Friday, November 20, 2015

Giant (1956) - epic drama from director George Stevens, starring Elizabeth Taylor, Rock Hudson, James Dean, Dennis Hopper and Rod Taylor

Rating 7.7/10
Runtime: 201 min
Language: English
Country: USA
Directed by: George Stevens
IMDb Link:


Elizabeth Taylor ... Leslie Benedict
Rock Hudson ... Jordan 'Bick' Benedict Jr.
James Dean ... Jett Rink
Carroll Baker ... Luz Benedict II
Jane Withers ... Vashti Snythe
Chill Wills ... Uncle Bawley
Mercedes McCambridge ... Luz Benedict
Dennis Hopper ... Jordan Benedict III
Sal Mineo ... Angel Obregón II
Rod Taylor ... Sir David Karfrey
Judith Evelyn ... Mrs. Nancy Lynnton

Description: Sprawling, epic tale of a wealthy Texas rancher and his wife, their descendants and their life together over 25 years. Bick Benedict met his future wife Leslie while on a trip East to buy breeding stock, returning home with a bride. Living on a half-million acre ranch takes some getting used to for Leslie as does the rough and tumble lifestyle. They have children who have their own minds and are apt to disappoint their parents over their life choices. As Leslie says at one point, you can't live their lives for them you can only raise them. Bick Benedict's rival is a former ranch hand, Jett Rink, who inherits a tract of land from Bick's late sister Luz. Jett strikes oil and becomes as wealthy as the Benedicts although there is one thing Bick has that he can never have as his own.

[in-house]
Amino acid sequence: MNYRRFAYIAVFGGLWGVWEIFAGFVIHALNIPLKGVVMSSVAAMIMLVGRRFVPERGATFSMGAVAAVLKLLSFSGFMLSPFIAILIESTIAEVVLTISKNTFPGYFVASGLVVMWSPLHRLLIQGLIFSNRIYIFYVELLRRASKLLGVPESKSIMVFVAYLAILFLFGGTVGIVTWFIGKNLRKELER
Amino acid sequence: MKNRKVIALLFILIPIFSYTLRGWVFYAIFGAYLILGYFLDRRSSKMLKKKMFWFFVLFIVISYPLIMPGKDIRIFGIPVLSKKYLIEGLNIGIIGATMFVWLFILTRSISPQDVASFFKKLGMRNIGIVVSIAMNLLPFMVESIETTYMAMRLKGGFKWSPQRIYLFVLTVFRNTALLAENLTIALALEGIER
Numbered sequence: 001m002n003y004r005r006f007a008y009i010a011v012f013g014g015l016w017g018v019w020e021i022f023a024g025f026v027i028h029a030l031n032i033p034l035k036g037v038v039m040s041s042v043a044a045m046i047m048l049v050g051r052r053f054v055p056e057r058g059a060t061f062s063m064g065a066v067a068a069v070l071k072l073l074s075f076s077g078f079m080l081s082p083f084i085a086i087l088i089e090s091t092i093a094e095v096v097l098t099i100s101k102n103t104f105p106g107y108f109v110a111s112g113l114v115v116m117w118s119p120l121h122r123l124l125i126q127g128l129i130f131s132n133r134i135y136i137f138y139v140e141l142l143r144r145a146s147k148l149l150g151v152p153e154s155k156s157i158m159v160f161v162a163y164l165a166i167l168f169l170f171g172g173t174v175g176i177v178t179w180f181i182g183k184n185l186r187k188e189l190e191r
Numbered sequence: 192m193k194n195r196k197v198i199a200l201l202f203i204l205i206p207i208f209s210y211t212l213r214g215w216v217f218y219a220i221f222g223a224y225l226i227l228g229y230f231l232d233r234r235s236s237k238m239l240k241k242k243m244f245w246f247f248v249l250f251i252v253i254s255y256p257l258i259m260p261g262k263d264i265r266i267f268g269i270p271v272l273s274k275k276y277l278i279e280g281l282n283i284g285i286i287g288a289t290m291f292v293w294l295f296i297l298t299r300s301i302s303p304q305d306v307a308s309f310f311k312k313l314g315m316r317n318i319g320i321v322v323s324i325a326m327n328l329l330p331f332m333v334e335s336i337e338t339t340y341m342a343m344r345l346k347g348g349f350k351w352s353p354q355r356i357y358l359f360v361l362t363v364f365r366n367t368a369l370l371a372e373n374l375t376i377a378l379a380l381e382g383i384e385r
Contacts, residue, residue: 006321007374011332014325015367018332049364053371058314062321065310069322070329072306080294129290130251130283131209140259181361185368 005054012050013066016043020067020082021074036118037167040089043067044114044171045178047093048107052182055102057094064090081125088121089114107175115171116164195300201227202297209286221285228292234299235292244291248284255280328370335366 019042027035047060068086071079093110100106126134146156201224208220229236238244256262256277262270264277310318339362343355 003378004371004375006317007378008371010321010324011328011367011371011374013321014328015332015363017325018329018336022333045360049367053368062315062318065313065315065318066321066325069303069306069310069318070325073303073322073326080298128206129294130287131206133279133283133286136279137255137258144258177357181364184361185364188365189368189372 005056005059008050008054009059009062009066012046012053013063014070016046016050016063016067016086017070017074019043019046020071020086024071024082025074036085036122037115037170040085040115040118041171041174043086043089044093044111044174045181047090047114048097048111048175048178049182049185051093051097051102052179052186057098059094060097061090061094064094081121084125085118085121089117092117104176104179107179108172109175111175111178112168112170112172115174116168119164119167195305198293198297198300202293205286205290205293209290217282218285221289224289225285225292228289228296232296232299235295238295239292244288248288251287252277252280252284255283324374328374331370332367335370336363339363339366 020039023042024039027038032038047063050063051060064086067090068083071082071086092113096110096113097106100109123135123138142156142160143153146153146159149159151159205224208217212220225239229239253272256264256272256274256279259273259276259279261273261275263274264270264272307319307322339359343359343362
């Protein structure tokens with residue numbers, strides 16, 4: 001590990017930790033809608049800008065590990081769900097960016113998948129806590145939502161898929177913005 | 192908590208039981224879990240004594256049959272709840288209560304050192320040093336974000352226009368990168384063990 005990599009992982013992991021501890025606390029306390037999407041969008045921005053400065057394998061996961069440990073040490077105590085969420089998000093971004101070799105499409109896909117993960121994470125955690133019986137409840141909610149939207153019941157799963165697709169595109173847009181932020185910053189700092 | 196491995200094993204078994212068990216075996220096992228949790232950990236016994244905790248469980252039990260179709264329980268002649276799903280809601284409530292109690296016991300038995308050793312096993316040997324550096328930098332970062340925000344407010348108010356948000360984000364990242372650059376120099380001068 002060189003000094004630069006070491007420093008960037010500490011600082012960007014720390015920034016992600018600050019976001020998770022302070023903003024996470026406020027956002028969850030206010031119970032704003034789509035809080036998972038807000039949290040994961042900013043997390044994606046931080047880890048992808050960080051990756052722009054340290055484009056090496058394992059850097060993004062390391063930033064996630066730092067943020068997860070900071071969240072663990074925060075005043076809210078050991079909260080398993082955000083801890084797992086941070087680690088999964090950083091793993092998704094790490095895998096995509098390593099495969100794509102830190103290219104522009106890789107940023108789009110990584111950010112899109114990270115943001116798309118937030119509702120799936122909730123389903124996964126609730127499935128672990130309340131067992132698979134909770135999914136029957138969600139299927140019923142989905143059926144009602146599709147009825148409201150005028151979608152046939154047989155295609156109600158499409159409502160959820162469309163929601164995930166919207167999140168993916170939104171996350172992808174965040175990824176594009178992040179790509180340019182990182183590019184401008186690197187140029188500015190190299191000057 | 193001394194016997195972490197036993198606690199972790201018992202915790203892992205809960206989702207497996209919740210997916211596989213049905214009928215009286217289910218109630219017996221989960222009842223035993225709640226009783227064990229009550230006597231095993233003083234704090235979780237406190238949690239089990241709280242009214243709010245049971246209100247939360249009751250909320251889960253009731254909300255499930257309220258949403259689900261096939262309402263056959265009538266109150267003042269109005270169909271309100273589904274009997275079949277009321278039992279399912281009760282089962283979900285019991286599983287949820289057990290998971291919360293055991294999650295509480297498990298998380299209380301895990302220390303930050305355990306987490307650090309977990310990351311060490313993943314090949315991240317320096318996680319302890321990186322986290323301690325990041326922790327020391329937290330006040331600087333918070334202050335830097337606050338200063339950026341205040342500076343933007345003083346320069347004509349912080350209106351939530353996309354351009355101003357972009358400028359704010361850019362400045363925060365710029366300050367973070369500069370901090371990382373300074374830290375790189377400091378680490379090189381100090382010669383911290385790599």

Download link (torrent file):

Also included a set of extra materials:

* Introduction by George Stevens Jr

* "Memories of Giant" (1998) - George Stevens Jr, Rock Hudson, Carroll Baker, Jane Withers and Earl Holliman are interviewed. The focus is less a making of film and more just letting various stars from the movie recall the experience - particularly how much they enjoyed the camaraderie during and after shooting. Much of this is because the film was made in "the middle of nowhere" in Texas (Marfa, Texas to be exact) - and at nights there wasn't much to do but spend their time together. We are also very lucky that the director (George Stevens) and Rock Hudson had previously been filmed talking about this, as they had died long before the special feature was made. Also, while they don't say why, apparently Elizabeth Taylor did not wish to be interviewed for the film and James Dean died way back in 1955. Well worth seeing - especially since all the nice stuff they said about each other was not part of the studio publicity department (as it's always obviously staged) and they gave some interesting anecdotes (such as how shy Dean was).

* "On location in Marfa, Texas" - filming locations discussed by Gig Young

* "Giant stars are off to Texas" - pre-production film clip

* "A visit with Dimitri Tiomkin" - Gig Young and movie's music composer Dimitri Tiomkin featurette